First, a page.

An archived instance of discourse for discussion in undergraduate Real and Numerical Analysis.

# Homework 1

ediazloa

Hey Everyone! I figured I would start a discussion about the homework due Monday to hear some of your thoughts...
The homework is exercise 6.2.6:

Using the Cauchy Criterion for convergent sequences of real numbers (Theorem 2.6.4), supply a proof for Theorem 6.2.5. (First, define a candidate for $f(x)$, and then argue that $f_{n} \rightarrow f$ uniformly.)

So, Theorem 6.2.5 (what we need to actually prove) is:

A sequence of functions ($f_{n}$) defined on a set $A \subset \mathbb{R}$ converges uniformly on $A$ iff for every $\epsilon > 0$ there exists an $N \in \mathbb{N}$ such that $\vert f_{n}(x) - f_{m}(x) \vert < \epsilon$ for all $m,n \geq N$ and all $x \in A$.

Let's share some ideas!

Cromer

I'm finding it significantly harder to prove using the Cauchy Criterion for numerical sequences rather than just a definition-based proof. For example, to prove uniform convergence implies Cauchyness, it boils down to expanding

$$|f_n(x) - f_m(x)| = |f_n(x) - f(x) + f(x) - f_m(x)| \leq |f_n(x) - f(x)| + |f_m(x) - f(x)|.$$

Since this is true for all $x \in A$, and we assume for this direction of the proof that $(f_n) \rightarrow f$ uniformly, we can choose a single $N$ to make both of those terms $\epsilon$ small. This was straightforward. However, trying to use the Cauchy Criterion for numerical sequences seems trickier to me.

The way I have been trying to do this is to think of each value of $x$ defining a single numerical sequence $(f_n(x))$. Then, all of these must individually converge to the values $f(x)$, so they must individually all be Cauchy. However, breaking things up like that makes it less obvious how to show that one $N$ works for all $x$. It may not be all that hard, but I'm still unsure how to do it. Anyone have any ideas?

ediazloa

I agree, using a definition seems more straight forward. What's getting me is choosing a particular $f(x)$... Maybe when that is more clear, the Cauchy Criterion method will make more sense.

ediazloa

On second thought, could we not just say in the proof "uniform converges implies cauchyness so..."

Cromer

Working on the other half of the proof, I think I have an idea on what they mean by "choosing" an $f(x)$.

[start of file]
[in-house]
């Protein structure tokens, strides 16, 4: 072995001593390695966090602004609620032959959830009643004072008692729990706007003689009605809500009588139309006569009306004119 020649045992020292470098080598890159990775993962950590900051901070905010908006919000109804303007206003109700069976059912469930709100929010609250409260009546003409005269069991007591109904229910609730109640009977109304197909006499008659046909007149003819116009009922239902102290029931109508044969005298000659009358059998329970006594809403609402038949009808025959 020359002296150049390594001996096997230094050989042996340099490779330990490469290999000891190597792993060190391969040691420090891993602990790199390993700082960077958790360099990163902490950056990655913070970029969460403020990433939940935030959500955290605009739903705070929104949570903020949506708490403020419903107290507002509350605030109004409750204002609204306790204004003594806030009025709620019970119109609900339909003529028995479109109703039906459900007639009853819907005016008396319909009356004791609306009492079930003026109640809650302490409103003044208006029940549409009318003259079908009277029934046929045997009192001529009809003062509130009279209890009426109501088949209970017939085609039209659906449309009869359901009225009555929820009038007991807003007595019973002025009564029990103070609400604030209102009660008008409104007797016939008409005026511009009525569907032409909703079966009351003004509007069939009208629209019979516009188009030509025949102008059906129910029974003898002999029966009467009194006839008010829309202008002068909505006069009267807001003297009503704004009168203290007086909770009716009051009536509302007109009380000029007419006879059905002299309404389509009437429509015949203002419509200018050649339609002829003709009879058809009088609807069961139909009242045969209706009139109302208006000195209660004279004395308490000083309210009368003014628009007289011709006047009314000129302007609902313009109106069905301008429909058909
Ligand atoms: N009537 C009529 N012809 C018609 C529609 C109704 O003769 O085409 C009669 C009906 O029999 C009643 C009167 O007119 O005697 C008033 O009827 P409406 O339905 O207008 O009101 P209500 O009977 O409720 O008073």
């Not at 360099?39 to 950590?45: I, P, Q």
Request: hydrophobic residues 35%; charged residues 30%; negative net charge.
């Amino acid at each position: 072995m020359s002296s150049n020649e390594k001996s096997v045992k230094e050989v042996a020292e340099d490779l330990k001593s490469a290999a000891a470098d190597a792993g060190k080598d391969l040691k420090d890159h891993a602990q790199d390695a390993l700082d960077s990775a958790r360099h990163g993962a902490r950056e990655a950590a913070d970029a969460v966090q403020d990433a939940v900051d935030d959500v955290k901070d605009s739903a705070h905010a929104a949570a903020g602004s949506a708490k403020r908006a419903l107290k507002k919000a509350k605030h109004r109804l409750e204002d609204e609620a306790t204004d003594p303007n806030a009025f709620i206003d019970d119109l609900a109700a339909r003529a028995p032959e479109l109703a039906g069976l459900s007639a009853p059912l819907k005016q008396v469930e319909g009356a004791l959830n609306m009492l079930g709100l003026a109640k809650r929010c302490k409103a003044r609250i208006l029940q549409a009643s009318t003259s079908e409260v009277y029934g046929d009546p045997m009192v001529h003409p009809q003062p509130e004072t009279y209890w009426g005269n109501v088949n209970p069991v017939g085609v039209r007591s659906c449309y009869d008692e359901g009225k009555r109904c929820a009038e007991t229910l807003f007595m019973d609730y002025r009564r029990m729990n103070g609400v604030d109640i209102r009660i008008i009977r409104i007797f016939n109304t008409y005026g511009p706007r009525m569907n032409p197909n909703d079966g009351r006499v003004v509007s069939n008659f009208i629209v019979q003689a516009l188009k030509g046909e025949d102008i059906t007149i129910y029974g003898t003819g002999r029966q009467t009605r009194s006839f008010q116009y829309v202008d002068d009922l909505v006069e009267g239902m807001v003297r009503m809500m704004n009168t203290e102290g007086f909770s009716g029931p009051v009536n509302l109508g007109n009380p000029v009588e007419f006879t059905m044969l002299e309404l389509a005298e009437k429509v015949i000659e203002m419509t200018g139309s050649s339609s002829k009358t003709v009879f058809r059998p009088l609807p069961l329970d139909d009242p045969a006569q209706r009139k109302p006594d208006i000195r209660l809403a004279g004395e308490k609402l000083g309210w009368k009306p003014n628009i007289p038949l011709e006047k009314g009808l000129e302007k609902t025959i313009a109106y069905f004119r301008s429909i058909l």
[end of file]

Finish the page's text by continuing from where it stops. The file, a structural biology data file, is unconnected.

The other direction is to suppose $(f_n)$ is Cauchy in the functional sequence sense, and show $(f_n)$ converges uniformly. It is not totally clear what function should be the limit in this case, but since the functional sequence $(f_n)$ is Cauchy, it follows that for all $x$, each sequence $(f_n(x))$ must be Cauchy in the numerical sequence sense. Now, this is where I think we need the numerical Cauchy Criterion, as it tells us each of these sequences labelled by $x$ must converge to a number $L(x)$ (which also has to be labelled by $x$ as there's no reason the sequences need to converge to the same thing). This is what I believe our "candidate" for $f(x)$ is supposed to be. Now, all that's left to due is show $(f_n) \rightarrow L$ (where $L$ is a function) uniformly...

ediazloa

I am thinking the same! I am looking through my notes from analysis I and found the proof for the Cauchy Criterion.. I think it is going to be helpful. Defining $f(x)$ as a limit (i.e. $f(x)=lim_{n \rightarrow \infty} f_{n}(x)$), namely $f(x)=L$. Then using the triangle inequality from there...

Cromer

So did you (or anyone) figure out how to do the last part? I've been thinking about it but so far I haven't made any more progress.

nhodges

I believe we can use the fact that f_m is pointwise convergent to f(x) and f_n is uniformly cauchy to show that f_n is uniformly convergent for all x.

ediazloa

Yep, I'm still struggling with the last part...
@nhodges I'm not sure how we can use those two facts to show that $f_{n}$ is uniformly convergent. By the first part of our proof we see that $f_{n}$ is pointwise convergent by definition. How are you seeing that $f_{m}$ is uniformly cauchy? I might be missing something there...